We left the room that afternoon, and we physically left the building, and when we returned at 5:02pm, you left us for Heaven. In true Kiki fashion, you put us before yourself, and would never want us to witness, your passing...

Fuck Cancer.

We notified your Facebook friends, and we had an outpouring of thoughts, prayers, and love, from over 750 people. I had to then write your Obituary. I spoke at your celebration of life. Nothing a 27-year-old should have to.

Your death affected me more than I thought it would.

I wish I'd had been stronger. It was excruciating to watch this horrific disease slowly take you, after your many, many years battling everything else. I could hardly sleep, could hardly eat. I know that's nothing compared to what you went through, but it was so hard to accept a reality without you in it. My reality, turned into a nightmare, I couldn't escape.

"It's not fair!" "Why you?" I'd scream into my pillow, or cry in the shower, only to hear nothing in return. I think that's why I struggled so bad. Because while we all know how you died, cancer, we all couldn't grasp why someone would choose you? Why the person, who put others before herself. Who would give the shirt off her back for the person next to her. For the person who battled MS for 20 years, Lung Cancer, Lupus, and then now, Appendix Cancer? You were the poster child, for why do bad things happen to such good people? Wasn't that enough? I guess we'll never know...

I broke, and I broke hard. I didn't think I would survive this past year. Grief and loss are a horrible thing, that I would never wish on my worst enemy. People truly don't understand loss, until they have experienced it first hand. I think that's also why I struggled. The loneliness truly was a lot. You think more people have gone through a loss like this before, but not many have. You have an army of people behind you, supporting you with whatever you need, but it still doesn't feel like enough. You still feel empty, lost. I lived a life in black and white. There wasn't a life with color after you died. I woke up, did my work, went home, cried, went to bed, and repeated it, day in and day out. You try to lean on your family, but you also have to remember, they are grieving too. They too were going through the exact same thing as you were, so when you wanted to cry to them, you ended up crying with them. There were definitely more tears shed, than smiles in 2022.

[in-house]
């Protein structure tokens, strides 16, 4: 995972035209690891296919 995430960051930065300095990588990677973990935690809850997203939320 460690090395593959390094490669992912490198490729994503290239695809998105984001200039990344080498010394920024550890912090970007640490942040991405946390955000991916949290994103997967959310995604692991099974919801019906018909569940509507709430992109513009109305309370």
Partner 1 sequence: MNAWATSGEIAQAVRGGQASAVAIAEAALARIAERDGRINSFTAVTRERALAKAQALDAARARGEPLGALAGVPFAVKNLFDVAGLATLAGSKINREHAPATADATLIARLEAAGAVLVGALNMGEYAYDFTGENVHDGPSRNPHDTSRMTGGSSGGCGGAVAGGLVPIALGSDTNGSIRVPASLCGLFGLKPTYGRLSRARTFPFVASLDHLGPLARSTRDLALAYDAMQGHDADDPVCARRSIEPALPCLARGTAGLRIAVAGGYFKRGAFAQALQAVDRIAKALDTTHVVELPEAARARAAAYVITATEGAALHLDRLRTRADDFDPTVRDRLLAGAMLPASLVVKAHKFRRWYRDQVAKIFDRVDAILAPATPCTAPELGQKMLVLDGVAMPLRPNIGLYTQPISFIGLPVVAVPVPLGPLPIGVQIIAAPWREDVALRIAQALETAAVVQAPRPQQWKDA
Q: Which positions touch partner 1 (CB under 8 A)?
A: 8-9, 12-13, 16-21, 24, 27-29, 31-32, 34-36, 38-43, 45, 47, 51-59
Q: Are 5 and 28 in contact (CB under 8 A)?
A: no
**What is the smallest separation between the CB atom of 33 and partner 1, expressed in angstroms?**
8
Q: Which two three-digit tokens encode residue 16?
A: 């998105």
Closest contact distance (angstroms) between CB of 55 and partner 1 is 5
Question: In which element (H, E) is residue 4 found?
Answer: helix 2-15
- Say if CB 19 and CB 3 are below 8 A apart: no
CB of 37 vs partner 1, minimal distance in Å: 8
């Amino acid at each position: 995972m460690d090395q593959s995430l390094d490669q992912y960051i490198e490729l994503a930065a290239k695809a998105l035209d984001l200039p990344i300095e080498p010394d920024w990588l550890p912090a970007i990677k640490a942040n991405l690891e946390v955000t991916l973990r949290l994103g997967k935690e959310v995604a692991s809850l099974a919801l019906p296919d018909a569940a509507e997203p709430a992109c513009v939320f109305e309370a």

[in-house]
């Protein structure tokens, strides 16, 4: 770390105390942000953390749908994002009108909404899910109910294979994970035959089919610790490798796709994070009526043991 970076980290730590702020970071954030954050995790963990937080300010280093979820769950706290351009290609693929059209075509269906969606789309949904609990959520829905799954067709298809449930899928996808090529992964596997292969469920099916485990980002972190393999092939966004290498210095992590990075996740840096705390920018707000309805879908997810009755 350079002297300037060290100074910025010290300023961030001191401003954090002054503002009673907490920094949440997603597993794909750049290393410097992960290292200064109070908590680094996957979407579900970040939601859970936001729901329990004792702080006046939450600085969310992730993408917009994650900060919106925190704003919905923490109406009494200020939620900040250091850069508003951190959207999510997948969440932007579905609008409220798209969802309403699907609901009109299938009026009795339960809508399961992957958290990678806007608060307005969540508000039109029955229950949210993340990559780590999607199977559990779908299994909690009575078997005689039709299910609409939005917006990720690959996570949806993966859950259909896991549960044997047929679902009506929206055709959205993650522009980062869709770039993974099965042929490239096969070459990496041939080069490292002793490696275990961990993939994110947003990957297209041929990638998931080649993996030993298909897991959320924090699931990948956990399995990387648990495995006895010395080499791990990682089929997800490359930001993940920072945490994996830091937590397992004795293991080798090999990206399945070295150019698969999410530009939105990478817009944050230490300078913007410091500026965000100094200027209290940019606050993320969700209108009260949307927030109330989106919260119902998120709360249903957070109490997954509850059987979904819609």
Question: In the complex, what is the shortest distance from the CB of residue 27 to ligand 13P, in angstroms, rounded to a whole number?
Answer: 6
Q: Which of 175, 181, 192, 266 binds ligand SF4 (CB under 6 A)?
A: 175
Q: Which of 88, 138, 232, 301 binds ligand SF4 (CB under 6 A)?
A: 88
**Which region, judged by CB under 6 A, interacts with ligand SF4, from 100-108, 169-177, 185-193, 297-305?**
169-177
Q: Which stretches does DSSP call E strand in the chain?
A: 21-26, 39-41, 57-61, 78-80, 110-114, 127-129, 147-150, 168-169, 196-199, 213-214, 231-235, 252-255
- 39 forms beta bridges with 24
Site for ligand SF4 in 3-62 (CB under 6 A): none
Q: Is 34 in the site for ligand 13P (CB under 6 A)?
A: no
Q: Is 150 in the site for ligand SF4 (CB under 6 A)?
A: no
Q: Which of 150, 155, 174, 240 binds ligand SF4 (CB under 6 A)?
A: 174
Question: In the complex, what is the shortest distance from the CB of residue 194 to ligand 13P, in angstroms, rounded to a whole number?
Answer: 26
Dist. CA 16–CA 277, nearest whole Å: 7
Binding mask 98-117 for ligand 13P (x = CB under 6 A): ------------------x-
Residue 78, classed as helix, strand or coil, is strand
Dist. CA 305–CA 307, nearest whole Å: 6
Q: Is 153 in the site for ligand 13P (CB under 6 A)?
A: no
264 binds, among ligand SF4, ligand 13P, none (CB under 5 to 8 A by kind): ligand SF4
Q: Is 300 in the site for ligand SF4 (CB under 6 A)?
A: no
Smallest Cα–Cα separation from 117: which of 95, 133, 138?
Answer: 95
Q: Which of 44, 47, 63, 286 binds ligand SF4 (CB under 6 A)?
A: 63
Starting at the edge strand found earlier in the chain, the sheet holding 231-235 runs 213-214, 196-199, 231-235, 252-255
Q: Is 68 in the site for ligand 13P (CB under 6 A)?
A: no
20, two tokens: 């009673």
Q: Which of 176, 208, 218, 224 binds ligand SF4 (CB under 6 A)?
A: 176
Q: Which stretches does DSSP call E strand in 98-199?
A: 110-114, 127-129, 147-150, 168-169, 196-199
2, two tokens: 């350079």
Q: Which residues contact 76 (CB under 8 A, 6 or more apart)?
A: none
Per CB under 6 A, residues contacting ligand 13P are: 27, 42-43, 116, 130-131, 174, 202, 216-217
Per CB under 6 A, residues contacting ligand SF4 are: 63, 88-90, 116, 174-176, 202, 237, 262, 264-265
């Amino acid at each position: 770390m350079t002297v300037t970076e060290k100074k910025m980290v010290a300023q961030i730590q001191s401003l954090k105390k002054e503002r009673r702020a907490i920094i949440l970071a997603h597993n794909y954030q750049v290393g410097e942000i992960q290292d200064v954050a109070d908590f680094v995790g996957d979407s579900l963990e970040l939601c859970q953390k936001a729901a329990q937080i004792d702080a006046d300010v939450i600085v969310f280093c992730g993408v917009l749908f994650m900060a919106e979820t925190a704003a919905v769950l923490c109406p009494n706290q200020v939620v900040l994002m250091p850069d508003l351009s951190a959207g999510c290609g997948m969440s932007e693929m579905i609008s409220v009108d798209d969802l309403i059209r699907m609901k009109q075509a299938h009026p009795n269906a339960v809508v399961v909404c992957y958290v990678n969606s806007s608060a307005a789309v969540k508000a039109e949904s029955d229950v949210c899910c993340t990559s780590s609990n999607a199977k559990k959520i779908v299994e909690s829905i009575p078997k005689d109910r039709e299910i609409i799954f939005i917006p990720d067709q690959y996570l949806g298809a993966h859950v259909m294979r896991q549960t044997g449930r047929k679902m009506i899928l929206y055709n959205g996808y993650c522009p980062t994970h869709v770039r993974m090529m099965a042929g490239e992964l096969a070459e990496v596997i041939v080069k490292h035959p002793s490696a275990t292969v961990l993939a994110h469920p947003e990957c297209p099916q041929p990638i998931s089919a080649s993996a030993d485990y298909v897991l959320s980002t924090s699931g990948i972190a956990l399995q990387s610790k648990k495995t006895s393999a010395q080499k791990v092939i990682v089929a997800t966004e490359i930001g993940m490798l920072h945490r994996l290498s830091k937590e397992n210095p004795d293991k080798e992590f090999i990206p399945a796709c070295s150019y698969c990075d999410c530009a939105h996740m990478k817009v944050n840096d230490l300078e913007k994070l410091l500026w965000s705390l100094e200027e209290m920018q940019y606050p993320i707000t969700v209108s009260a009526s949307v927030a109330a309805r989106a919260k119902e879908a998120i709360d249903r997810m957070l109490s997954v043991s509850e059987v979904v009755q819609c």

November was particularly hard for me. Gosh, The first of the holidays without you. I remember being in Atlanta, lying in bed, wondering when this would all stop. Everything in grandmas house, reminded me of you. The living room we all sat, and opened Christmas gifts, or the back patio, where we watched the Braves play. Every inch of that house, had memories with you. I wondered, when would the pain leave me? The tears stop falling? When would I start to feel normal again? What if I don’t ever feel the same? I pushed many people away, but also realized the ones who were there for me. Checking in on me, when I was a little too quiet, or shut out from the world. That happened often. How could I converse in conversation, or celebrate peoples joyous moments, when I didn't have an ounce of happiness left in my body. I felt depleted. Life was really dark. I had thoughts about what life would be like, if I wasn't here. I let the pain, sorrow and depression take over my body. How could I live a life without you? A life without pain, grief, sadness. Because, I truly didn't see a life without you in it. Somehow, I made it through, and I think it's because of you.